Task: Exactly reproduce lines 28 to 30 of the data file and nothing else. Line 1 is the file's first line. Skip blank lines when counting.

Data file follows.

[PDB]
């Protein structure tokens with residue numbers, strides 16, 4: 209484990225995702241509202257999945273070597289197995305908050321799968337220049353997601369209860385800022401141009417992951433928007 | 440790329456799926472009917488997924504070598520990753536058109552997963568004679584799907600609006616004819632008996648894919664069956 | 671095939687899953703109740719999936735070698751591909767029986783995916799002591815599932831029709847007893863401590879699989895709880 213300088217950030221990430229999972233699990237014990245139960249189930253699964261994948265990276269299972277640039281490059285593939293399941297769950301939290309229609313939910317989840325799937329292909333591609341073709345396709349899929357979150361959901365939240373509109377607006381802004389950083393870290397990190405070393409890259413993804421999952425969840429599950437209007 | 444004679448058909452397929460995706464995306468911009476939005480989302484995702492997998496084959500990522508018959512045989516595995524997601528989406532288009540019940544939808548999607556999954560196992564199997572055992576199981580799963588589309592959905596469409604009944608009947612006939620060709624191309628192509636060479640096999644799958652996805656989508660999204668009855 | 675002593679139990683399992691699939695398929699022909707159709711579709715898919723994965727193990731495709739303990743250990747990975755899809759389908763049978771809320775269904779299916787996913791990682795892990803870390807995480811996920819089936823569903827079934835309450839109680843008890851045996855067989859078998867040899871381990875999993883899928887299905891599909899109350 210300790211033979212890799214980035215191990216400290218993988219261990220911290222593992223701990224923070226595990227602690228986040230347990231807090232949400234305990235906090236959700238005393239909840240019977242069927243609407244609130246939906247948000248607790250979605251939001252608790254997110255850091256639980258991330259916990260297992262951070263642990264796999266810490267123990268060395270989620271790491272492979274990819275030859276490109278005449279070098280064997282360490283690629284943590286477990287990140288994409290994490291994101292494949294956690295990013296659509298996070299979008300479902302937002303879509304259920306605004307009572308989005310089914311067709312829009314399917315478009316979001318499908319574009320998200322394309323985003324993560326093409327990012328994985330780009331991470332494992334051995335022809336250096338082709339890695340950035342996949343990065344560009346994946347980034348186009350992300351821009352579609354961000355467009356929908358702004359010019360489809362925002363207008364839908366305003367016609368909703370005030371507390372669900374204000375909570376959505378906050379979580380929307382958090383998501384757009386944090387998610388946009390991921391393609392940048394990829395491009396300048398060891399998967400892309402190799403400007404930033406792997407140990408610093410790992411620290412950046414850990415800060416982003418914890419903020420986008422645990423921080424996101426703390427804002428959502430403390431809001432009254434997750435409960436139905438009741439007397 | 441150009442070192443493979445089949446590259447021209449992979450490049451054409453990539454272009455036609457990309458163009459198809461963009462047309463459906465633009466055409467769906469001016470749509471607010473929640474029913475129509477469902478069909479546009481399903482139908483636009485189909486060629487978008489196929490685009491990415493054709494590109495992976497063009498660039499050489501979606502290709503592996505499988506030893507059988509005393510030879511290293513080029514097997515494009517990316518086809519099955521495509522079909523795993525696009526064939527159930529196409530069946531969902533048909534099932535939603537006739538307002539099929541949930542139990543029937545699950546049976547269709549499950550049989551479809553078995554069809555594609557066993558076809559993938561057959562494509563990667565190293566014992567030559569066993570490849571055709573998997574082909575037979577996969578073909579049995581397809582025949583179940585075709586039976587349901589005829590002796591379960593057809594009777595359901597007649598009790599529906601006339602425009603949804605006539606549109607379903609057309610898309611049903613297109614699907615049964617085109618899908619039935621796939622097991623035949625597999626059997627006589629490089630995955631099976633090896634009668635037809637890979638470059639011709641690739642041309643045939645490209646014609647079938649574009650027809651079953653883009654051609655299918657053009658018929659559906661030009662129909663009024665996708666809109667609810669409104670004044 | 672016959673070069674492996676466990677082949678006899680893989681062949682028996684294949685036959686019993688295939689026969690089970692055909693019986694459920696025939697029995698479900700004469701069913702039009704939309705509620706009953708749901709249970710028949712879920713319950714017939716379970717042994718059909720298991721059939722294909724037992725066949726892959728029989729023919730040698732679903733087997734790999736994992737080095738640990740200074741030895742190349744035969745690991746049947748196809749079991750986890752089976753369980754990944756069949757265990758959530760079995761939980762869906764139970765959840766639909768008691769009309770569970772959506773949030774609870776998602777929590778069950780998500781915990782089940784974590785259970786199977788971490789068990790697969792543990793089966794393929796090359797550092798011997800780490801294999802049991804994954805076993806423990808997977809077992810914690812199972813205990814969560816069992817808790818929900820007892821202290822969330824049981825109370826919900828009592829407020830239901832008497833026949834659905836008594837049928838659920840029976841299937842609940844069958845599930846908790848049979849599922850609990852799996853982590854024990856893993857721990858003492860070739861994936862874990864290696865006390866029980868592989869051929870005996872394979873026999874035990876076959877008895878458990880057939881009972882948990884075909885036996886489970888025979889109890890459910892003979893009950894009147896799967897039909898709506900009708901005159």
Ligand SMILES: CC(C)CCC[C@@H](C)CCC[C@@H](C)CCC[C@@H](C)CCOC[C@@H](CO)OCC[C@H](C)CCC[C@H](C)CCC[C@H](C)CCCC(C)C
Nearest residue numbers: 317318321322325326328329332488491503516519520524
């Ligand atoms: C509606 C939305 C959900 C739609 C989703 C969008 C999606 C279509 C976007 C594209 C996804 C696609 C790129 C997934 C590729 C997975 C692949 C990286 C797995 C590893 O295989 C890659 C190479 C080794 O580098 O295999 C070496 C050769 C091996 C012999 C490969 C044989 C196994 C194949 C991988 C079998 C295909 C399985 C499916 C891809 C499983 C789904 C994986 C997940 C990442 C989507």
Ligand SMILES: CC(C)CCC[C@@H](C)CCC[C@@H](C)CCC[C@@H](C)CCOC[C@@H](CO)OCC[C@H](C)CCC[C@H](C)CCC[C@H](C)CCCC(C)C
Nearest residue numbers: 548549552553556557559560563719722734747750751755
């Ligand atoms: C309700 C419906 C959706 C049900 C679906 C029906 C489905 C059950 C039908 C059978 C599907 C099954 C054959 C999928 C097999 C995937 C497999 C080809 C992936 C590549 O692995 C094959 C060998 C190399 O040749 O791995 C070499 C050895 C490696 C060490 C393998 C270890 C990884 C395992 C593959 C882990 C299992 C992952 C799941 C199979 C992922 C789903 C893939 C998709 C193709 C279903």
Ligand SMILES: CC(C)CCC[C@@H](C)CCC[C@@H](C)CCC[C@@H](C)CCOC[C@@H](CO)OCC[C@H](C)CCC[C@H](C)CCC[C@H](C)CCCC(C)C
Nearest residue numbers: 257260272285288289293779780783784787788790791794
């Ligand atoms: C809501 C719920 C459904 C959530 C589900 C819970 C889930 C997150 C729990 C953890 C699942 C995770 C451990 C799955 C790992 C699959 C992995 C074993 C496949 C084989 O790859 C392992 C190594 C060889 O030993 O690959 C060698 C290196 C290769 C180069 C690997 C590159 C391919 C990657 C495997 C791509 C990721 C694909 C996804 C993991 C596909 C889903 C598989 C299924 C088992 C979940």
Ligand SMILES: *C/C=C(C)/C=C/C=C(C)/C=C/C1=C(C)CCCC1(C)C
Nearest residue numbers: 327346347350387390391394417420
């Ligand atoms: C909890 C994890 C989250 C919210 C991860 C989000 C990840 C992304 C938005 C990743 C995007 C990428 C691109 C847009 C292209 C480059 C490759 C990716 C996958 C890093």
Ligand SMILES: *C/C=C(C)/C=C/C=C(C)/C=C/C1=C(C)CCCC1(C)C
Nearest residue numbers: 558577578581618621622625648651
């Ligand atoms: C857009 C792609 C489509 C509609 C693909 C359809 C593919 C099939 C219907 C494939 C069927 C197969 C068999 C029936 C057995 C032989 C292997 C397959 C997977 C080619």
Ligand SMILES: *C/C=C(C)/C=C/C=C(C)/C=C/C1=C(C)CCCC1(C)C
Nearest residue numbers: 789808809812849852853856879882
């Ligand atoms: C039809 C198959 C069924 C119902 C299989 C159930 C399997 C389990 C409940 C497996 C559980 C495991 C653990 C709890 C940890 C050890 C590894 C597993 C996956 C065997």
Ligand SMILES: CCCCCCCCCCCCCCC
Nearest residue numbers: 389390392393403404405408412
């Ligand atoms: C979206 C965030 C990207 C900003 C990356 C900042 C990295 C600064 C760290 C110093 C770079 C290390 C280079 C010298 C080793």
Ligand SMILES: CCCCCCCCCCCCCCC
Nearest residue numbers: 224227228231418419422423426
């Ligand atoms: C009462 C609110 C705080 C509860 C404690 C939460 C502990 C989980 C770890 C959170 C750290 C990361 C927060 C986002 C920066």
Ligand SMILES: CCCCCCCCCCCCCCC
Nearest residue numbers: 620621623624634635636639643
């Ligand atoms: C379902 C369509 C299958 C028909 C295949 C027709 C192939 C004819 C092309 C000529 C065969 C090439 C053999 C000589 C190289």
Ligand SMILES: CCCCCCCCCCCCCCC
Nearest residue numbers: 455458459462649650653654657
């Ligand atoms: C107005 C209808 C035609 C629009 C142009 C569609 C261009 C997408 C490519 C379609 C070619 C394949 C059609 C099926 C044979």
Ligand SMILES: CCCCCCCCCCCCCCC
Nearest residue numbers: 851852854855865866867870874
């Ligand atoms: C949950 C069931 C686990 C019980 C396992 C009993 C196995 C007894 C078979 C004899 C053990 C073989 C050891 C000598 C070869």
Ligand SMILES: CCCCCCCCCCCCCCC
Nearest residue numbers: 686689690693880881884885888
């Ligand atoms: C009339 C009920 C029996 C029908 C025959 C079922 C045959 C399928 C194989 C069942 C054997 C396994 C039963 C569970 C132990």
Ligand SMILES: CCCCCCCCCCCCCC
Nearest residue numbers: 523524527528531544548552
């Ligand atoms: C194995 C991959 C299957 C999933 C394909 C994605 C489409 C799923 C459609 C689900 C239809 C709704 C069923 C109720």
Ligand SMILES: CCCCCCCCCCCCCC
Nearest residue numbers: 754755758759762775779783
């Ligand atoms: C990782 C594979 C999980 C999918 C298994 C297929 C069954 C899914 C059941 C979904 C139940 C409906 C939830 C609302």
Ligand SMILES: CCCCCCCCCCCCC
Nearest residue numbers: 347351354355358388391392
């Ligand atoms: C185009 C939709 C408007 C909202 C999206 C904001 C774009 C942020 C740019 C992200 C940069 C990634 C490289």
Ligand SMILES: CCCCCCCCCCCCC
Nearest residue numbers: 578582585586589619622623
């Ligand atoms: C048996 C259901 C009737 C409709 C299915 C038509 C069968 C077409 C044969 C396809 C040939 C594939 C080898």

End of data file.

Nearest residue numbers: 620621623624634635636639643
């Ligand atoms: C379902 C369509 C299958 C028909 C295949 C027709 C192939 C004819 C092309 C000529 C065969 C090439 C053999 C000589 C190289």
Ligand SMILES: CCCCCCCCCCCCCCC